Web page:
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Ecology. 2006 Jun;87(6):1359-67.

Recognition that causal processes change during plant invasion helps explain conflicts in evidence.

Author information

1
Institute of Integrative Biology, ETH Zurich, Switzerland. hansjoerg.dietz@env.ethz.ch

Abstract

Despite intensive research, we still have no general understanding of why plant invasions occur. Many different mechanisms of plant invasions have been proposed, but studies designed to investigate them often produce inconsistent results. It remains unclear whether this unsatisfying state of affairs reflects the complexity of the real world (in which every invasion is unique) or the failure to identify the key processes driving most plant invasions. Here we argue that greater generalization is possible, but only if we recognize that the ecological and evolutionary processes enabling a species to advance into a new area change during the course of an invasion. In our view, an invasion can often usefully be subdivided into a primary phase, in which the abundance of an often preadapted species increases rapidly (typically in resource-rich, disturbed habitats), and a secondary phase, in which further spread is contingent upon plastic responses or genetic adaptation to new ecological circumstances. We present various examples to show how this partitioning of the invasion phase sensu stricto produces new hypotheses about the processes underlying plant invasions. Some of these hypotheses can be conveniently tested by investigating plant invasions along strong environmental gradients such as those that occur in mountainous regions.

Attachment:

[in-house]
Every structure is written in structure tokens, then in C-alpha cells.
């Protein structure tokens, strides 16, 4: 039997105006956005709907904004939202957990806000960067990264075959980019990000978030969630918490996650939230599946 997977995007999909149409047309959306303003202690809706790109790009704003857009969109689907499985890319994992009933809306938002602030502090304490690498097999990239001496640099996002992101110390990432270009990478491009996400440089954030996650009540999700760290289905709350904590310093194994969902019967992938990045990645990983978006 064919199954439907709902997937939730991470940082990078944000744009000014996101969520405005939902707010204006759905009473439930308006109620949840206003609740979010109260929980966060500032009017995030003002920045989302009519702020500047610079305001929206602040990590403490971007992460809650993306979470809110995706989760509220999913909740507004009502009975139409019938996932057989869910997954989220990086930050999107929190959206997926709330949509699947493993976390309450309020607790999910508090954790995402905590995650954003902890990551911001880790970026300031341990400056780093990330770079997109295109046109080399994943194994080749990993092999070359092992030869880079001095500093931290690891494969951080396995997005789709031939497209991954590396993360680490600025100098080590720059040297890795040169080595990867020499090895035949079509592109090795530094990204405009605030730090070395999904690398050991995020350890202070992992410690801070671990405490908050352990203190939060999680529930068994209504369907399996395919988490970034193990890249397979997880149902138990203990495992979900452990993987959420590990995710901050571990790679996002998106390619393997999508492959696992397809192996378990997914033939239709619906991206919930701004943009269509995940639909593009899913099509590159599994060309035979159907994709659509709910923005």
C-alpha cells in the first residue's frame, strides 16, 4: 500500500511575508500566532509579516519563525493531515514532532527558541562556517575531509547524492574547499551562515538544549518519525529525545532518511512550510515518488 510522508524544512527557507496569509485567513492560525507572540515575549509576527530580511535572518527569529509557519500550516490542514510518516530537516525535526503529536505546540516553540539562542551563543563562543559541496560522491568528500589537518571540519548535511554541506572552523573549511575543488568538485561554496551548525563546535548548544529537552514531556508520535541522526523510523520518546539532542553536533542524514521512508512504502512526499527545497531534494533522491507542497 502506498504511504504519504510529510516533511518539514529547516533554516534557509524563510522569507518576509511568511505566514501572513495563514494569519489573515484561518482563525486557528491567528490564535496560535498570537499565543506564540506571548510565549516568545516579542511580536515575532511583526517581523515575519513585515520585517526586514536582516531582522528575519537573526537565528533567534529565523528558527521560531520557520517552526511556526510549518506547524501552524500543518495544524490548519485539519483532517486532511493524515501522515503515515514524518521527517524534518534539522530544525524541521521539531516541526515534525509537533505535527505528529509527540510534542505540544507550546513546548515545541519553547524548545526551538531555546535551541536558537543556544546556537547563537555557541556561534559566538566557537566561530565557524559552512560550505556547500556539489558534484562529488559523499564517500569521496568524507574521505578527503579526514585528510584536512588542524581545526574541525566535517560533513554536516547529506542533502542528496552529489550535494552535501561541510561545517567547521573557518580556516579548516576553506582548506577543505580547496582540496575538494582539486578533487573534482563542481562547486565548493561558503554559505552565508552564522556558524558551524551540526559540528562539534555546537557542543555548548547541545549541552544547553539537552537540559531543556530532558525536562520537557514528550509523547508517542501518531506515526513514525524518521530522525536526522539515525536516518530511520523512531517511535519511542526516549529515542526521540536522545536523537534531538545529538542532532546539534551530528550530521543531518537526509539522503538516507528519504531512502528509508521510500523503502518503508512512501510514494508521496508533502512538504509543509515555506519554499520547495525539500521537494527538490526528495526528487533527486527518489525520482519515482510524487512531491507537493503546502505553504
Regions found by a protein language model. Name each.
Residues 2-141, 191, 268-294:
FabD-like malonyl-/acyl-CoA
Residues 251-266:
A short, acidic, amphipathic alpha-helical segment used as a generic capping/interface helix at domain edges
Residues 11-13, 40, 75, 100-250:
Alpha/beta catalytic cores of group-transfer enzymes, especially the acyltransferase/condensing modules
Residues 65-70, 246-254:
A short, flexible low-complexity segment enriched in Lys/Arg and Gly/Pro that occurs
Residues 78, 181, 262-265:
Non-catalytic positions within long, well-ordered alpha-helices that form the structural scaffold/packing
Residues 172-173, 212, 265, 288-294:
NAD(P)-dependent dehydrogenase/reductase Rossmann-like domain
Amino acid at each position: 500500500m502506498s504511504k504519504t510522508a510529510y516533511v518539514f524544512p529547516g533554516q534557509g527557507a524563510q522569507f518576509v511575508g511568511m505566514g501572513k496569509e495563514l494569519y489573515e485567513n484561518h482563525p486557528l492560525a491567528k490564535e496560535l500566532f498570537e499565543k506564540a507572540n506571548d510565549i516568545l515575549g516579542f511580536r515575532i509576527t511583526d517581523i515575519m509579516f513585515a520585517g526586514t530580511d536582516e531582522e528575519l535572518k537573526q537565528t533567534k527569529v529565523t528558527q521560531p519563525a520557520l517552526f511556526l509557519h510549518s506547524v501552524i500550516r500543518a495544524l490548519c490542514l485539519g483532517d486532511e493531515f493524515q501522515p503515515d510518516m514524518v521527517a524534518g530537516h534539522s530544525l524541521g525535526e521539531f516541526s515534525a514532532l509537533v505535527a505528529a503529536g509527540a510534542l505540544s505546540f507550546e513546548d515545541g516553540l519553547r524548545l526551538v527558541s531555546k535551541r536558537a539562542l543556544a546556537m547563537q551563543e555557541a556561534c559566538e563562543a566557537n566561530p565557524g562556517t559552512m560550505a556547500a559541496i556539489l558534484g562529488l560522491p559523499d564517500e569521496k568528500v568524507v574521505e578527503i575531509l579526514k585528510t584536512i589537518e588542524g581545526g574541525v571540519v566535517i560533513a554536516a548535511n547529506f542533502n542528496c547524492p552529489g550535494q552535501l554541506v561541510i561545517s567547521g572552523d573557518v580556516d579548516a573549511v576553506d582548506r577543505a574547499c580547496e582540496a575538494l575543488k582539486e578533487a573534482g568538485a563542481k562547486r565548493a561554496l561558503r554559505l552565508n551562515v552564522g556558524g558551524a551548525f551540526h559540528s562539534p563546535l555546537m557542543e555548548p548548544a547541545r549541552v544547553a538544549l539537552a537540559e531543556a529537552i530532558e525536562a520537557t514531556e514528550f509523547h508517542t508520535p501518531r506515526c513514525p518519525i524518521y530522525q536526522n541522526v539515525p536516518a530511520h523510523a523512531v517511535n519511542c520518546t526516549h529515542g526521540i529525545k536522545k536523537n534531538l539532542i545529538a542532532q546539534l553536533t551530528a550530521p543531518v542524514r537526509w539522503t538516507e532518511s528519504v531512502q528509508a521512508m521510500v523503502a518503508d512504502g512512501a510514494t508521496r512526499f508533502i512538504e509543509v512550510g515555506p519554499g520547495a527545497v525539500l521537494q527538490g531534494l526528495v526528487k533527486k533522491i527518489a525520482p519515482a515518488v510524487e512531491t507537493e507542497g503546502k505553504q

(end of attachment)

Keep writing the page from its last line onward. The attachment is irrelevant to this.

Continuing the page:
PMID:
16869409
[Indexed for MEDLINE]

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